This just in: Machine Learning is the Next Big Thing. It’s going to transform the way we work, the way we live, the way we do business. Basically– high caliber analysis here– machine learning will solve all our problems.
I’m kidding, of course. This isn’t news; machine learning’s life-changing (awe-inspiring, jaw-dropping, mind-blowing) potential has been the subject of anticipation and acclaim for some time. Google, for instance, announced its impact on most of the company’s core products and its hopes for future implementations of the technology as early as 2016.
Google “machine learning”, and the first page of news results alone lists a staggering array of uses. Machine learning is being used to locate the source of a Salmonella outbreak, develop new drugs, improve medical imaging, combat potholes, and find patterns in quantum fireworks.
One of the most vaunted applications of machine learning is machine translation. Historically, automated translation attempted to use encyclopedic collections of syntactic rules and vocabulary, with limited success. With machine learning, however, translation engines have improved drastically, with many predicting that effective automated translation could be achieved in mere years. Chief among these translation engines is Google Translate.
Yet as many a foreign language student has discovered, even Google Translate’s translations can be… iffy. Pass it anything more complicated than a few words, and an error is more likely than not. Google Translate’s strength is its ability to translate any word into (almost) any language, using its extensive database to map appropriate word pairings. But its grasp of context and connotation hasn’t, probably, replaced the need for dictionaries and thesauri in translation, as this article in the Atlantic last year illustrates.
This inherent inaccuracy has given rise to a whole new subgenre of comedy: making fun of Google Translate’s errors. The YouTube channel Translator Fails has over 800,000 subscribers, and The Tonight Show Starring Jimmy Fallon’s Google Translate Songs segments routinely rack up viewer counts in the millions.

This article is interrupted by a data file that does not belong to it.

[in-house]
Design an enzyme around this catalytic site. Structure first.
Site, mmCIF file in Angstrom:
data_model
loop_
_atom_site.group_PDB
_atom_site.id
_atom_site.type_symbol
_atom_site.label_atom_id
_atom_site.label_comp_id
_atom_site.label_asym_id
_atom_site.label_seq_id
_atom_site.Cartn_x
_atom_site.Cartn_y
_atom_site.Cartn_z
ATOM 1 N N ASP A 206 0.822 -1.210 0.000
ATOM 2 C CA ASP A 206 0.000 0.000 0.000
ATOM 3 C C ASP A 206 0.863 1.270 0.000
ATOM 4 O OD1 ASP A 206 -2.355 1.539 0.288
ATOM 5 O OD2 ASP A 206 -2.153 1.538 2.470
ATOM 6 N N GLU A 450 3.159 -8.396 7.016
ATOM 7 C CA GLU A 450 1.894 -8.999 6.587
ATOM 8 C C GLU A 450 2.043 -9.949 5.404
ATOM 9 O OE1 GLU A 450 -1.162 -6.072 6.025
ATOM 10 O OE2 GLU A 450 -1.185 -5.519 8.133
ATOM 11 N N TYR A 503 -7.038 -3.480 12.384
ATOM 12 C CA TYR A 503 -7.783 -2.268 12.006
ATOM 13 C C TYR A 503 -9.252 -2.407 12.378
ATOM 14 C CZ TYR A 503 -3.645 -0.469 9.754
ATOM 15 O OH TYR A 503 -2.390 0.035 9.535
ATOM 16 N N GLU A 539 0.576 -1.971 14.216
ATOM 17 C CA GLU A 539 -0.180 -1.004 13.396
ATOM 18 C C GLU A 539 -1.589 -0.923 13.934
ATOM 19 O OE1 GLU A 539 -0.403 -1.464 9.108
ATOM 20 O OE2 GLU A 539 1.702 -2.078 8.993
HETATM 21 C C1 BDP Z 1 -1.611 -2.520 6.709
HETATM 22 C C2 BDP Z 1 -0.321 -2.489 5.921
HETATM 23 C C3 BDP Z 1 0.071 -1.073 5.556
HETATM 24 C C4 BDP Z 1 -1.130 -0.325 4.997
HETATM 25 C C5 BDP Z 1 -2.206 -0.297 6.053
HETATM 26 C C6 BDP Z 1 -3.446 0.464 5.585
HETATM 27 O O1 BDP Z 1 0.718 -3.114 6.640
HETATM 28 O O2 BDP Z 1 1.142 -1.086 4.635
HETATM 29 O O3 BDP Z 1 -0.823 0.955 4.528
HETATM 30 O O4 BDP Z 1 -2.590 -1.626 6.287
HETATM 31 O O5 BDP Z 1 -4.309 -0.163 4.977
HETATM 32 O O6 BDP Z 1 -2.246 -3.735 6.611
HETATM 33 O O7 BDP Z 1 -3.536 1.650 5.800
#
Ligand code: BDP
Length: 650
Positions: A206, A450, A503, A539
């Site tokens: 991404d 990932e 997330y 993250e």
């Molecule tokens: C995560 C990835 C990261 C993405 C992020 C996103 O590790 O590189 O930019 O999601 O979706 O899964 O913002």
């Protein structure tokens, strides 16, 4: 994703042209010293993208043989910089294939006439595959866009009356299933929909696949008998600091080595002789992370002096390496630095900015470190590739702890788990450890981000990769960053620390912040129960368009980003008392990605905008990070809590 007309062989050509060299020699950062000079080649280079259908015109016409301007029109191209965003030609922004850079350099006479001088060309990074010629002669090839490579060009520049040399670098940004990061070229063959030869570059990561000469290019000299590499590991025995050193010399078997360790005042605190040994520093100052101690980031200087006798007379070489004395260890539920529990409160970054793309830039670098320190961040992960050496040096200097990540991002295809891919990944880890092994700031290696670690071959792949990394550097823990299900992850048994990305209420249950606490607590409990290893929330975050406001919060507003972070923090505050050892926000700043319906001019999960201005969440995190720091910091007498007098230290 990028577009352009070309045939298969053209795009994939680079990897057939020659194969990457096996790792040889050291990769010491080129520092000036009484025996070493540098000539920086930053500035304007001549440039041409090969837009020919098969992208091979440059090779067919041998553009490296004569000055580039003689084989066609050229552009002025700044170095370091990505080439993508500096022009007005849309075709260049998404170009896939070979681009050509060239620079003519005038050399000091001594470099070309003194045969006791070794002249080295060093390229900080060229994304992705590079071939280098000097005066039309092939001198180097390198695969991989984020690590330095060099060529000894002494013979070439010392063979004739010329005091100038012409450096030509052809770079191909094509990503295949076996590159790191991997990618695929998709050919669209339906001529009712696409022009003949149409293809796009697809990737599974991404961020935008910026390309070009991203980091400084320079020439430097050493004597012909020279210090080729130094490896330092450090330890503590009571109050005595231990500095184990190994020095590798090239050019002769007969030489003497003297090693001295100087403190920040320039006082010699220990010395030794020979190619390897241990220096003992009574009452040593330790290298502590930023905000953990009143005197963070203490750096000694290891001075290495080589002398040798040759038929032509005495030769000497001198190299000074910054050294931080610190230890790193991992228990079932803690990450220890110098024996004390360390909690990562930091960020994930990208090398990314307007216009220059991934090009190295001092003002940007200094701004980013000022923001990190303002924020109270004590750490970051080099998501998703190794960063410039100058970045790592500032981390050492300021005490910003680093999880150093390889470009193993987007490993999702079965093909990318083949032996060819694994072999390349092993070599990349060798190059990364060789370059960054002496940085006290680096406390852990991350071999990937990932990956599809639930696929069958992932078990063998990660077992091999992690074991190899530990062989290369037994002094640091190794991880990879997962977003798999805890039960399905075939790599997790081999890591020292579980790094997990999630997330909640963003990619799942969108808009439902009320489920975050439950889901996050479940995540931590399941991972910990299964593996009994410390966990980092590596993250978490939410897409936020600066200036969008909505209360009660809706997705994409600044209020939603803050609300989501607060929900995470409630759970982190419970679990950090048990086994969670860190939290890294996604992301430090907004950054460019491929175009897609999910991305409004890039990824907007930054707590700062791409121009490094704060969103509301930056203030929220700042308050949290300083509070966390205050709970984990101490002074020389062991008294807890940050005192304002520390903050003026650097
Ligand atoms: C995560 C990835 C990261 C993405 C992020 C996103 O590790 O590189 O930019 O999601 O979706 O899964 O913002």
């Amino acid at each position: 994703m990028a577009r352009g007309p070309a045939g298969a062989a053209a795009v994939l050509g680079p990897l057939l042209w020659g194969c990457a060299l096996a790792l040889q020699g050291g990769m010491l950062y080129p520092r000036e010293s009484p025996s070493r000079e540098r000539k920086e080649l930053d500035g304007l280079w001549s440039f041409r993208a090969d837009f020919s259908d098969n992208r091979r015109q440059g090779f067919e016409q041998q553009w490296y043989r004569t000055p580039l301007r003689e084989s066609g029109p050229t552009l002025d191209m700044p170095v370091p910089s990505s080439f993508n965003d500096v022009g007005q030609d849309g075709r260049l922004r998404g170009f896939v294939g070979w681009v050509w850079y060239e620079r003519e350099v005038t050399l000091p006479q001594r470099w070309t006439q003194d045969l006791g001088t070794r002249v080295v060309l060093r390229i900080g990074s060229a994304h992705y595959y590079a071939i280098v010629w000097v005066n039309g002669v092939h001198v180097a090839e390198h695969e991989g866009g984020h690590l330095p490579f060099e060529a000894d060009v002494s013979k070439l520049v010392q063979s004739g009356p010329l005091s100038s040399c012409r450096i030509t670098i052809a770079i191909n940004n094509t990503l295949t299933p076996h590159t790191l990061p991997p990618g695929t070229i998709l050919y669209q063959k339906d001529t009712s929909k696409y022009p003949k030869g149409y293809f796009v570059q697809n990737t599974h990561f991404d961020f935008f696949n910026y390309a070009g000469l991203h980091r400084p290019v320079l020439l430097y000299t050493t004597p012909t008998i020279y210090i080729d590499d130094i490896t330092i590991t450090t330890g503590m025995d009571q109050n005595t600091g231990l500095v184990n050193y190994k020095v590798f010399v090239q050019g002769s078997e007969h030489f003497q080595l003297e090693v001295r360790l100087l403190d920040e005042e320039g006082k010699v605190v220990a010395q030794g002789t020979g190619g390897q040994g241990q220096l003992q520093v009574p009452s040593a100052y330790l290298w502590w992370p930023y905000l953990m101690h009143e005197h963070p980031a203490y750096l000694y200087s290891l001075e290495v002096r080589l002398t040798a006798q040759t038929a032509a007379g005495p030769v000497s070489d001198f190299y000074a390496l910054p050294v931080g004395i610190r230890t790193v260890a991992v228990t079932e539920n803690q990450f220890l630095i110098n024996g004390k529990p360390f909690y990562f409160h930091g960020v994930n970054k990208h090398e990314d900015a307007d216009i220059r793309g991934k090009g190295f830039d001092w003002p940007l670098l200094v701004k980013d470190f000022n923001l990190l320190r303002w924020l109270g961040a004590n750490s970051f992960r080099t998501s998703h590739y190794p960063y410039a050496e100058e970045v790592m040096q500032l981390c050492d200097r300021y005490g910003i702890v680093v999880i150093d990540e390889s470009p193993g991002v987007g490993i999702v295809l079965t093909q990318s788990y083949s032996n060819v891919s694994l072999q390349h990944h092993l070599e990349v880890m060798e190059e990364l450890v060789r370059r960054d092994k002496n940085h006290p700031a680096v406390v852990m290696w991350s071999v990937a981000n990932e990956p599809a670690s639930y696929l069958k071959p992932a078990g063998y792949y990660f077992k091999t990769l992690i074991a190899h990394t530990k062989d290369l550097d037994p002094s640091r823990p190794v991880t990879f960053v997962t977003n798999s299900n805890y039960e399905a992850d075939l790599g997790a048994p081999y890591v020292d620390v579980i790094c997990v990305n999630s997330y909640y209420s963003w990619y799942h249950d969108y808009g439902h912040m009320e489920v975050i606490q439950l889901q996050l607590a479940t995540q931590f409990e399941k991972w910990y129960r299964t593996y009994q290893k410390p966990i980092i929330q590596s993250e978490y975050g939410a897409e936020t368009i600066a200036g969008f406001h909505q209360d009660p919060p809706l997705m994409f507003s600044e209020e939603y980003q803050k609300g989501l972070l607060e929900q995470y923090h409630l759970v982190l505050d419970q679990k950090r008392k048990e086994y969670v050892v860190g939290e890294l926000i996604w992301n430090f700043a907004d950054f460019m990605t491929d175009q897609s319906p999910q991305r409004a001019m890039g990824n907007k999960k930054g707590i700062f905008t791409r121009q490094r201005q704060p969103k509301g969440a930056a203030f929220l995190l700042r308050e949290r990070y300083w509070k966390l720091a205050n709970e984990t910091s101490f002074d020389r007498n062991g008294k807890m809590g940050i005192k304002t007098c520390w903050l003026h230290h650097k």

Watch the video if you’re not convinced: whether in syntax or in substance, Google Translate’s translations ought not to be trusted.
Still, the tool’s accuracy is impressive considering the difficulty of the task at hand. What Google Translate has already accomplished would have been thought impossible at one point, and for some languages, its accuracy scores at over 90%. Is time the missing ingredient; will Google Translate in another ten or 20 years be what many have heralded already? Or is the engine failing to live up to expectations because those expectations are unfeasible; should we give up the ghost on machine translation?
For now, the answer might be c), none of the above. Machine translation tools can be incredibly valuable without replacing the role of a human translator. A start-up called Lilt is seeking to use machine translation tools, with machine learning at their core, to improve translator’s efficiency and effectiveness. The system provides suggestions for the next word or sentence; the human editor filters for quality, subtext, context, and style. This model combines the best of both worlds while assuring the accuracy that’s essential for translations in business, government, or publishing.
Maybe Machine Learning will solve the ages-old problem of automated translation– along with potholes– at some point, but for now, we need both man and machine.